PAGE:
Contrast those three quotes with the ones at the beginning of this segment. Find the key divergence in assumptions. It won’t take you long.
The Left’s divergence is political: Adopt our political stances, they proclaim, and we will certify you as superior to those who do not. As there are many who need to feel superior to others, this has a certain appeal. Its problem is the same as that of coalition politics: it cannot maintain an enduring majority. That, of course, doesn’t quench the need to feel superior among those who flock toward its banner.
As I wrote just yesterday, the Democrats and the activist Left have gone “all in” on their campaign against the Trump Administration, the Republican Party, and the many millions of Americans who remain attached to the conception of America as a free and prosperous commonwealth that looks out for its people and itself above all other considerations. Either their strategists sense an opportunity that won’t come again, or they’ve grown too desperate to wait any longer. In either case, they’ve committed themselves past the political point of no return. If their gamble fails, they’ll spend many decades in the political wilderness. The Democrat Party, in particular might need to “die and be reborn.”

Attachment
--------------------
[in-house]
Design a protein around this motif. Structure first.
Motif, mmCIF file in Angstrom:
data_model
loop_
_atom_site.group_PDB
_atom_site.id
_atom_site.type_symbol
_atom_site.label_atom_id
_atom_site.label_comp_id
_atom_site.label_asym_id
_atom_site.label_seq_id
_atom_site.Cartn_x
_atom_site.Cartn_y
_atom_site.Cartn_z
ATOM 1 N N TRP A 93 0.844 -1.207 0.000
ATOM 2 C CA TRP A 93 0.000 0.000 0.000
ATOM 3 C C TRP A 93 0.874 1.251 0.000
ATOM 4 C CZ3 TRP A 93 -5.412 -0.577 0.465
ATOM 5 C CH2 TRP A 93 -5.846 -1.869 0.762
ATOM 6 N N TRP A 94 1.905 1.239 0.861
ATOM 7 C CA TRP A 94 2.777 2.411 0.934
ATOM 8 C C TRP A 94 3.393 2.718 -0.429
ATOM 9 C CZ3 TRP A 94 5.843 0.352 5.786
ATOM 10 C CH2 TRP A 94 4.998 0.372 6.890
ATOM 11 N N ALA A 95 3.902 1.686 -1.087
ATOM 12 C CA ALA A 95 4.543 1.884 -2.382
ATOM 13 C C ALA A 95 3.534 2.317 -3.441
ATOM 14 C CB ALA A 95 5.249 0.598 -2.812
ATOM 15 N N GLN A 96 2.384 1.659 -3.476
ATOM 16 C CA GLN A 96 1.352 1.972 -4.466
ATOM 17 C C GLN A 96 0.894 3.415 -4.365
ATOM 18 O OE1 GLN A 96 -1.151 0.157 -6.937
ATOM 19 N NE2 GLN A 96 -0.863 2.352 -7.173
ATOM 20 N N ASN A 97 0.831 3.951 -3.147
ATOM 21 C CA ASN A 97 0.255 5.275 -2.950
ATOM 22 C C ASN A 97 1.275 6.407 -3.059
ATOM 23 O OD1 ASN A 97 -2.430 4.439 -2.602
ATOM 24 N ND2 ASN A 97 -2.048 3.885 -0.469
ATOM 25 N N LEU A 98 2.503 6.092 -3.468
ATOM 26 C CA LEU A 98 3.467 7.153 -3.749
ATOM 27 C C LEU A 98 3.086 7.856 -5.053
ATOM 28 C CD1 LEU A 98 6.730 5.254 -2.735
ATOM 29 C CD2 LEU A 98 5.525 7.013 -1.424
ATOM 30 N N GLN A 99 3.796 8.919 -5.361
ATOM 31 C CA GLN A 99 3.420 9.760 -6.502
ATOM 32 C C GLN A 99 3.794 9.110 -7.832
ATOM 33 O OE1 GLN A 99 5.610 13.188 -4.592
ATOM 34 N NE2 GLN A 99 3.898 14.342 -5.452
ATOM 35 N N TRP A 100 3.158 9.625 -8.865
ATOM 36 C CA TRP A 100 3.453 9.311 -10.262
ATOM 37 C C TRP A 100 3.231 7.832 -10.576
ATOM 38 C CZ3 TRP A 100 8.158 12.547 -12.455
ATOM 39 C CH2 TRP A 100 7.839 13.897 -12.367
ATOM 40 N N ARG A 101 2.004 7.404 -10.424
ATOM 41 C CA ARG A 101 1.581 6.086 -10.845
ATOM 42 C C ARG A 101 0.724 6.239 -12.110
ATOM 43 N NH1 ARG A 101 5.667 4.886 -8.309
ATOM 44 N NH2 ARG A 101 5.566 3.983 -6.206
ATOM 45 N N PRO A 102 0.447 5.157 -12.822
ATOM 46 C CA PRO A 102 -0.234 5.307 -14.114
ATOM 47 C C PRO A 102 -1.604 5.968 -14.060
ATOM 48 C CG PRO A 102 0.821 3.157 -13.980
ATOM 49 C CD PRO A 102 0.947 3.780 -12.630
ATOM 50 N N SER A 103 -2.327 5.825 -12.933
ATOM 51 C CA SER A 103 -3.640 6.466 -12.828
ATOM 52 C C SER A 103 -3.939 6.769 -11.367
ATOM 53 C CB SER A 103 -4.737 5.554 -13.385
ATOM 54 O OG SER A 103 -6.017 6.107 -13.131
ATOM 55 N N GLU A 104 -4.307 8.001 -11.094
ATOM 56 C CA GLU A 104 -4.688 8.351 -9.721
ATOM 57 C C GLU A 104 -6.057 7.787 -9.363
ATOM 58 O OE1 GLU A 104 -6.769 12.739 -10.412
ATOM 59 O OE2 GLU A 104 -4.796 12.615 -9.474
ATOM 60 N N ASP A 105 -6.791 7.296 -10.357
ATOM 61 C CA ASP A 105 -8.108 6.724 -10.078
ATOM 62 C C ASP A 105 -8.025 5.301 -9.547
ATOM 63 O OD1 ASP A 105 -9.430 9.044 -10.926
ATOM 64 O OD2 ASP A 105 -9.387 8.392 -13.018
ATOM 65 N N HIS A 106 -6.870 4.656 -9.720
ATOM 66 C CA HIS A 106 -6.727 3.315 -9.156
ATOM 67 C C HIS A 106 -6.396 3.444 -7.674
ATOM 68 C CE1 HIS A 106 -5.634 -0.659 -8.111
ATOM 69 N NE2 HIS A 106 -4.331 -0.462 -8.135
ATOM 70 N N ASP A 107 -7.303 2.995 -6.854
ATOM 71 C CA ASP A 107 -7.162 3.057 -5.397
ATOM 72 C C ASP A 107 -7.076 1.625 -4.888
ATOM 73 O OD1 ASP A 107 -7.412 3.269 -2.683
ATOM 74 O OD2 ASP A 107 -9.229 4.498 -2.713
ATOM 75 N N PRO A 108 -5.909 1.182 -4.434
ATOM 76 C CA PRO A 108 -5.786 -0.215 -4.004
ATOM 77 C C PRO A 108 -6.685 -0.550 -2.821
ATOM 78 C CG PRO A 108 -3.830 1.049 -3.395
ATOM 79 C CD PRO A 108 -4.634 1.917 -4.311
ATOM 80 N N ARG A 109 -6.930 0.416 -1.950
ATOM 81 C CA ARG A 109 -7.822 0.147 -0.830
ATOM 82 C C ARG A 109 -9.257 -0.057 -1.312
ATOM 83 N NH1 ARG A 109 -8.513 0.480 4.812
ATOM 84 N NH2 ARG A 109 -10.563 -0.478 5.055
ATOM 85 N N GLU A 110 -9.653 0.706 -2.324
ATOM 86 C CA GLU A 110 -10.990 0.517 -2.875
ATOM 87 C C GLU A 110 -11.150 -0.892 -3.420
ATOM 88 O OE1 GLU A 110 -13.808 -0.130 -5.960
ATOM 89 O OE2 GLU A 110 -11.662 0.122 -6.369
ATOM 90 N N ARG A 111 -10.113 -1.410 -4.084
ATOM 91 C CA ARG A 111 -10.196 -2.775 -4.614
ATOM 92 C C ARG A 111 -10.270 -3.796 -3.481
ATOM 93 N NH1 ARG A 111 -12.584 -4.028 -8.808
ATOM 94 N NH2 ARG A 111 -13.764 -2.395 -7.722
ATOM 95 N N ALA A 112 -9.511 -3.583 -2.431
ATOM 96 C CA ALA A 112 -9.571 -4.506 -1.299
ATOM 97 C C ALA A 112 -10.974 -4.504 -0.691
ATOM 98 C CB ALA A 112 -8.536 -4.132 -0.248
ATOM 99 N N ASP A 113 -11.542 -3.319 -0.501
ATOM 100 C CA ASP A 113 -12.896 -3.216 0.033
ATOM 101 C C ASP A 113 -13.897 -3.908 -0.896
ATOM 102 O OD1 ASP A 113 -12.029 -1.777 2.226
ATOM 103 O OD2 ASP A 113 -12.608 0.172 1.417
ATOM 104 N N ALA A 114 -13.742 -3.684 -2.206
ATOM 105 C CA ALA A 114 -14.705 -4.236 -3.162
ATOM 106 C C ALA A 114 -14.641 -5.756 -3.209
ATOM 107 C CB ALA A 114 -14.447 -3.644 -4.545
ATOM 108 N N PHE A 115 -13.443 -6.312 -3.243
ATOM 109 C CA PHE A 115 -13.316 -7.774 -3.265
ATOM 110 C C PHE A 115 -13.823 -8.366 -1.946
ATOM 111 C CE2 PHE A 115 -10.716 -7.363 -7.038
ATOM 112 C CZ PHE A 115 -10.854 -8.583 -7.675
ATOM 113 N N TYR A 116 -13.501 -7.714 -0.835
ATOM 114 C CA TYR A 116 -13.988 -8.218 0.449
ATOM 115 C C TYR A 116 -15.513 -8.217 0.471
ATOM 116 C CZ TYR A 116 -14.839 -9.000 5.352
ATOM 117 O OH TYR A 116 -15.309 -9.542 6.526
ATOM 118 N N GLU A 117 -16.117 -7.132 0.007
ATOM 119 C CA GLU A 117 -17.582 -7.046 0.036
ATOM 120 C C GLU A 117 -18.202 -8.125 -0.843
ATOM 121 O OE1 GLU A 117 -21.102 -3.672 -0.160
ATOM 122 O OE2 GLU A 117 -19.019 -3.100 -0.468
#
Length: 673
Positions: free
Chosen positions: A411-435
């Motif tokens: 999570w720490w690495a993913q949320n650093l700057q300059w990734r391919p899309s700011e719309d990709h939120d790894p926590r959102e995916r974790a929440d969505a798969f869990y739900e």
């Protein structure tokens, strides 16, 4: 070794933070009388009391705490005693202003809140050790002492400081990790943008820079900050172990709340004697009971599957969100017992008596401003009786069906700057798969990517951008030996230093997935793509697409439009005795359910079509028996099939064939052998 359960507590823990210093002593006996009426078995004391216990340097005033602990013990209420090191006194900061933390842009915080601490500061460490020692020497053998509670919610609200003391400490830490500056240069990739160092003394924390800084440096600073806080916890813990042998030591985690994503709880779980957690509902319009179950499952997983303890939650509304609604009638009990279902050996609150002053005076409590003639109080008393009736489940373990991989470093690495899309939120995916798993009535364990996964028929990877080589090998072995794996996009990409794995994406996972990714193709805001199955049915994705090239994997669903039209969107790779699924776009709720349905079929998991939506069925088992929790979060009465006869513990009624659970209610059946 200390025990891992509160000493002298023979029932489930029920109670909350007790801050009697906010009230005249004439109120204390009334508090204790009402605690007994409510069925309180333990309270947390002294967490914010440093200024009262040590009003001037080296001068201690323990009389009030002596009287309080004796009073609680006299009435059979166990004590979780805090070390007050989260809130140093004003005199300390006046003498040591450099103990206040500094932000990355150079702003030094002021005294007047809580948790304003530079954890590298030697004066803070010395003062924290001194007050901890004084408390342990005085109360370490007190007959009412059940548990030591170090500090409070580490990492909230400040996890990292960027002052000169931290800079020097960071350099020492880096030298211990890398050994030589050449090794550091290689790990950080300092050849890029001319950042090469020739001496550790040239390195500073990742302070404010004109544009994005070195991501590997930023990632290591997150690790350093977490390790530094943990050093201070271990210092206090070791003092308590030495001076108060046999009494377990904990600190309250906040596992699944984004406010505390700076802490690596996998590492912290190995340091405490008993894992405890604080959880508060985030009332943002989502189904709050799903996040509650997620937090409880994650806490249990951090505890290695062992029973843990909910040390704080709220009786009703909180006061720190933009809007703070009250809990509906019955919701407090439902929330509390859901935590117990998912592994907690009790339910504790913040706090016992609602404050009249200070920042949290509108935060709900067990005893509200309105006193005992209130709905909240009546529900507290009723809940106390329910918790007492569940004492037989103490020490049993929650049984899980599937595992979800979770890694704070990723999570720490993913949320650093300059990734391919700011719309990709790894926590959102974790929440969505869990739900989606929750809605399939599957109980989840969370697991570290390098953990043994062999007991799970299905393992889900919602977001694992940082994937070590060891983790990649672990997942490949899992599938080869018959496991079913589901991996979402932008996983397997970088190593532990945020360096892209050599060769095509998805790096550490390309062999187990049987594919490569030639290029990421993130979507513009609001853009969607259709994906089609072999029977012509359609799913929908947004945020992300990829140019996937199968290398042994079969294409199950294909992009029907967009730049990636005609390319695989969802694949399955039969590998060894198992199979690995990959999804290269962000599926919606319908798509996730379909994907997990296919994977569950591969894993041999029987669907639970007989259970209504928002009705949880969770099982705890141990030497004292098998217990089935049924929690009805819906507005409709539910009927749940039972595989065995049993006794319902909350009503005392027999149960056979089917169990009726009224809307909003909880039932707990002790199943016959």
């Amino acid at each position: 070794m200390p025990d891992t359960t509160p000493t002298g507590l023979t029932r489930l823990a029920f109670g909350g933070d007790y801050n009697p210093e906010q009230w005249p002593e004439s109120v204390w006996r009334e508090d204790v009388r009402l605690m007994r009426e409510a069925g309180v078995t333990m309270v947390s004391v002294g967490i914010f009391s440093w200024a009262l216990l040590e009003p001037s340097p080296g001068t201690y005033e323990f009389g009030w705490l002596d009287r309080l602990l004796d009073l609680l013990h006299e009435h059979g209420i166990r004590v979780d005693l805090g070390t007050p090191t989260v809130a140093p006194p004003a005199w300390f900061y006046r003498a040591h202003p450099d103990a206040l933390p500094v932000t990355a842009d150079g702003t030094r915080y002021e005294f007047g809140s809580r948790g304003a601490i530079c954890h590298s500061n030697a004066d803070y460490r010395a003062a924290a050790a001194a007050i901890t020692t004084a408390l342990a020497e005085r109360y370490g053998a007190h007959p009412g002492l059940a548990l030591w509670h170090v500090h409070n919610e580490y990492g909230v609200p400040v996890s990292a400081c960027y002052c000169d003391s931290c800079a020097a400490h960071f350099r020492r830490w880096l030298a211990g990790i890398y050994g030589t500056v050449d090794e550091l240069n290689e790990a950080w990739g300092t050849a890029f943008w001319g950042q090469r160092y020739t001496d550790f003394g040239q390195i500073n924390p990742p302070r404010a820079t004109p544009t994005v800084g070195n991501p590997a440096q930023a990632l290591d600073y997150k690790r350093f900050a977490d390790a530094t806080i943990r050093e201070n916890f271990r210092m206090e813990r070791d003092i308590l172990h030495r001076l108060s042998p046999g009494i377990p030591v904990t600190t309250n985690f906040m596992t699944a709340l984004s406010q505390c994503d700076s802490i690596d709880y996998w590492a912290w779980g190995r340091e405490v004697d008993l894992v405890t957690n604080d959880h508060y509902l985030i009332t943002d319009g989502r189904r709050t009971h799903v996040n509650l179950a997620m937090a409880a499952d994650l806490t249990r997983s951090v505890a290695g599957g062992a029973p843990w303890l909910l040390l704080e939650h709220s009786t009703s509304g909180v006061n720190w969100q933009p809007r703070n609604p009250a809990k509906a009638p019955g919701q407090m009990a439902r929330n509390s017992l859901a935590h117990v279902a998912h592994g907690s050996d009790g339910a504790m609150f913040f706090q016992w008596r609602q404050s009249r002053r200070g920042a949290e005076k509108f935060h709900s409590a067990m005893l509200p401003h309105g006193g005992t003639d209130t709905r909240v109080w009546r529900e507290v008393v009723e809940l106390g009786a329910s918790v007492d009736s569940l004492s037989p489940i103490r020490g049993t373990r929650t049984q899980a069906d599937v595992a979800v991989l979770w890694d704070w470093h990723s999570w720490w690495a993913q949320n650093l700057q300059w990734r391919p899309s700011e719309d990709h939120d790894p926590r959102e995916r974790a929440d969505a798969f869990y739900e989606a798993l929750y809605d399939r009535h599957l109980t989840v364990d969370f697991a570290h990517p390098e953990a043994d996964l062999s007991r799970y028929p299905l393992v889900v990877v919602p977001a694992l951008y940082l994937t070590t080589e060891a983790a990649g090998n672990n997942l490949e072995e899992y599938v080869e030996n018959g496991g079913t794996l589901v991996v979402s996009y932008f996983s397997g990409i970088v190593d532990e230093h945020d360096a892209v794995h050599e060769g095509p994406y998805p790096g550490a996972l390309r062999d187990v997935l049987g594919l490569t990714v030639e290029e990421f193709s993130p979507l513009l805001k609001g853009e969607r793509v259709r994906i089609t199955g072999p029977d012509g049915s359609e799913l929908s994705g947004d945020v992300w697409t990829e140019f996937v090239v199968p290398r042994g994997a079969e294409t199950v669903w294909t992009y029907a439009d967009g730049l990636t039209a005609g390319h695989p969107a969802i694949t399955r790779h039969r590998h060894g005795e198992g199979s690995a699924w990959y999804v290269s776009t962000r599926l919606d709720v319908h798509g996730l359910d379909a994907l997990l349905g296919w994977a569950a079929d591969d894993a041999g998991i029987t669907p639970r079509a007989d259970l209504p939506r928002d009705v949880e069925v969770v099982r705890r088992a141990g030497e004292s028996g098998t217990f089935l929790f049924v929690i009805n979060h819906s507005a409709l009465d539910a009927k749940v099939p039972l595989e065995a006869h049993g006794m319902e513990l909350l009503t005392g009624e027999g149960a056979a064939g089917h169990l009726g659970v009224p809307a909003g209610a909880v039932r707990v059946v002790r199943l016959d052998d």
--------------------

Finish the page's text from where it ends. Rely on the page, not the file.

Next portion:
Yet there will always be persons who must feel superior to others. Their actual virtues and capabilities won’t be the foundation of that conviction; far too few persons actually are so much better than others at anything that matters to base a claim of superiority on what they can do. The irony swells when we note the strong correlation between Democrat / Leftist political affiliation and lack of ability and standards.
All the same, those persons will find one another again. “Birds of a feather flock together.” They always have and they always will. When the need to feel superior to others is all that sets them apart from other oxygen wastrels, we may rest assured that it will be their bond. The natural repugnance decent, modest persons feel toward the self-exalting will usually hold them at bay. Men of good will want neither to become commissars nor to be ruled by them – and as counter-intuitive as it may sometimes seem, the great majority of Americans are men of good will.